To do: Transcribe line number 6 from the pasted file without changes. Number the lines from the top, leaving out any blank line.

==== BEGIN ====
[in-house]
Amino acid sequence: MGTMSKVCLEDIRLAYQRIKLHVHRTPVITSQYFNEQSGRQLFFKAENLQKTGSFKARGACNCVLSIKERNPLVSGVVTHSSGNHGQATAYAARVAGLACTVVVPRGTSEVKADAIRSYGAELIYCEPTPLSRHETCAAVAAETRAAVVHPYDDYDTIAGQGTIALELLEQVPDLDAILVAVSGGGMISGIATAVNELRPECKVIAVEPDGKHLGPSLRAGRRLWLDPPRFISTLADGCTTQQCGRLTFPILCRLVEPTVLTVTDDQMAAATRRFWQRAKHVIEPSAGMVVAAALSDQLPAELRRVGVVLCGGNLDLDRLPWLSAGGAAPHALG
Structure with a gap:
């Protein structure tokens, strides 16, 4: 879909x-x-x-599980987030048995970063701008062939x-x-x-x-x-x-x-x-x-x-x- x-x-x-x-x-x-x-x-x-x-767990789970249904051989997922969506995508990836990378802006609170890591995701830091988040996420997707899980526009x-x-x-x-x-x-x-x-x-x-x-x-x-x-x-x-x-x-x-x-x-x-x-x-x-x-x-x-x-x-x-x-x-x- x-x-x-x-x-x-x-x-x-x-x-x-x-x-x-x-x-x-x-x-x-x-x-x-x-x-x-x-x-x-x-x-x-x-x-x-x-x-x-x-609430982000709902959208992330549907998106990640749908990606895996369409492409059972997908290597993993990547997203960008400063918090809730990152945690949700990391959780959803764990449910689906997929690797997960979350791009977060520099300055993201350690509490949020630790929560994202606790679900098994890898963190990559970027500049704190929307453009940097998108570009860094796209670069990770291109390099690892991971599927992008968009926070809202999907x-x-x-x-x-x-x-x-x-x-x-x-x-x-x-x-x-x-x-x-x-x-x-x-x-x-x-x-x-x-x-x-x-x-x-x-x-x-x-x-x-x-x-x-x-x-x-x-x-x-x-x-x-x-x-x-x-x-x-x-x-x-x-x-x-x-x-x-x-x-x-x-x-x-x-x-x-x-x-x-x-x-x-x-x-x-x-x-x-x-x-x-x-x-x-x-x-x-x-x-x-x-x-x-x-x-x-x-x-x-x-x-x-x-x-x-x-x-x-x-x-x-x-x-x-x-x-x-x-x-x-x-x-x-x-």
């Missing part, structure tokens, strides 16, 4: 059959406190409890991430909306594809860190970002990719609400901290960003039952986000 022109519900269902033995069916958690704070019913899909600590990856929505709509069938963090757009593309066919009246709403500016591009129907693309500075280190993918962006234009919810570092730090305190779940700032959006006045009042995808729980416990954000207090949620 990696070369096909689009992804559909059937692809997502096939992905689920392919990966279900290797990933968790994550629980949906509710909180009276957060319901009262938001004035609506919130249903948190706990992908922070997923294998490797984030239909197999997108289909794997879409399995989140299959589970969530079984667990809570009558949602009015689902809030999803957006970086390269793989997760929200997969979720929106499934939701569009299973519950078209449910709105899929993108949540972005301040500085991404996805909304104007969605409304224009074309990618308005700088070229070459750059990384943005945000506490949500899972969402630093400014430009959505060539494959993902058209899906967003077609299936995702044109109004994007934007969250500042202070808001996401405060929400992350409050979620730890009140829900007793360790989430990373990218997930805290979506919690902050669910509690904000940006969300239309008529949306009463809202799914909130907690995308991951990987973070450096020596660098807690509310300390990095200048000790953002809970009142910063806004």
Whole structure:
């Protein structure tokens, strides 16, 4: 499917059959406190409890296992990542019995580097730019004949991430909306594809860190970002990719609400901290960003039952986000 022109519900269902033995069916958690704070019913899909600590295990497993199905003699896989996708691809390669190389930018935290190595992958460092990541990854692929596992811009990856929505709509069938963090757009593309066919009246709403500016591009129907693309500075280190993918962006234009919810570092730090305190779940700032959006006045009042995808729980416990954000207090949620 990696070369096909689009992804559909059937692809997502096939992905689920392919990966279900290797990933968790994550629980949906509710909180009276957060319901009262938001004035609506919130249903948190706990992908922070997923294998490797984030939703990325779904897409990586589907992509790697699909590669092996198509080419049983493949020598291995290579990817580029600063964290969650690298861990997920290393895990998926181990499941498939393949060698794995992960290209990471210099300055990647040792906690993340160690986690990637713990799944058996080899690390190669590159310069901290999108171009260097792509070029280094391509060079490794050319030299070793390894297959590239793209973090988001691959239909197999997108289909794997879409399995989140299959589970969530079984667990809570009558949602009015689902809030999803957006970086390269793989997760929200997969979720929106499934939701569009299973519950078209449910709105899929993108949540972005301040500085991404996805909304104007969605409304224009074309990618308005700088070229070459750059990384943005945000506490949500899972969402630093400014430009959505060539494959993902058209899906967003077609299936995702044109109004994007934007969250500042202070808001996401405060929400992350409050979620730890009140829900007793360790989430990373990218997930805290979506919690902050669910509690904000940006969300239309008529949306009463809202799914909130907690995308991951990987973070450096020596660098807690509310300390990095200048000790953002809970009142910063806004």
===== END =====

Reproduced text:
Whole structure: